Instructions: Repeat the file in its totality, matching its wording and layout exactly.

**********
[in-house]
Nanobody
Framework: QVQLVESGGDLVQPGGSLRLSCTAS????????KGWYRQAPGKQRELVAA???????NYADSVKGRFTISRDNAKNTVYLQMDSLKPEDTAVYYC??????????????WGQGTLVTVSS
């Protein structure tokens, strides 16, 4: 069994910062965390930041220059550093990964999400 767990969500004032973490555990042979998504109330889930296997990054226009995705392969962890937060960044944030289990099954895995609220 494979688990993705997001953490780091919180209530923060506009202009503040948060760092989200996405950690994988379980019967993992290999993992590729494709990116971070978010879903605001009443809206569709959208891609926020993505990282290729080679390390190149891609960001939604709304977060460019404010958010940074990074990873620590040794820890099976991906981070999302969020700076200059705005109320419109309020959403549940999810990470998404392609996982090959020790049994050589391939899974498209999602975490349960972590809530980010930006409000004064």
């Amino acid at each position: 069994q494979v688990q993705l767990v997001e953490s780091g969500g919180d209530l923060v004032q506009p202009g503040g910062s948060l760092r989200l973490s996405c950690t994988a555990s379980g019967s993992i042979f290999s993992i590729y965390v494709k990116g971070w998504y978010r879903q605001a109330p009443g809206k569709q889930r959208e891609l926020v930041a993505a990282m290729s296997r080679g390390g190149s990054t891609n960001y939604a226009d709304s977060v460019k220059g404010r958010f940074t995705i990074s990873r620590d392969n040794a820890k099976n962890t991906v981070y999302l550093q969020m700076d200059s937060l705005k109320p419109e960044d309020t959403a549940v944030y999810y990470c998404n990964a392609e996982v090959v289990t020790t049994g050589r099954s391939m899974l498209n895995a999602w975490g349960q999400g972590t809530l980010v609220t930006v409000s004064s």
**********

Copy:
[in-house]
Nanobody
Framework: QVQLVESGGDLVQPGGSLRLSCTAS????????KGWYRQAPGKQRELVAA???????NYADSVKGRFTISRDNAKNTVYLQMDSLKPEDTAVYYC??????????????WGQGTLVTVSS
């Protein structure tokens, strides 16, 4: 069994910062965390930041220059550093990964999400 767990969500004032973490555990042979998504109330889930296997990054226009995705392969962890937060960044944030289990099954895995609220 494979688990993705997001953490780091919180209530923060506009202009503040948060760092989200996405950690994988379980019967993992290999993992590729494709990116971070978010879903605001009443809206569709959208891609926020993505990282290729080679390390190149891609960001939604709304977060460019404010958010940074990074990873620590040794820890099976991906981070999302969020700076200059705005109320419109309020959403549940999810990470998404392609996982090959020790049994050589391939899974498209999602975490349960972590809530980010930006409000004064």
């Amino acid at each position: 069994q494979v688990q993705l767990v997001e953490s780091g969500g919180d209530l923060v004032q506009p202009g503040g910062s948060l760092r989200l973490s996405c950690t994988a555990s379980g019967s993992i042979f290999s993992i590729y965390v494709k990116g971070w998504y978010r879903q605001a109330p009443g809206k569709q889930r959208e891609l926020v930041a993505a990282m290729s296997r080679g390390g190149s990054t891609n960001y939604a226009d709304s977060v460019k220059g404010r958010f940074t995705i990074s990873r620590d392969n040794a820890k099976n962890t991906v981070y999302l550093q969020m700076d200059s937060l705005k109320p419109e960044d309020t959403a549940v944030y999810y990470c998404n990964a392609e996982v090959v289990t020790t049994g050589r099954s391939m899974l498209n895995a999602w975490g349960q999400g972590t809530l980010v609220t930006v409000s004064s």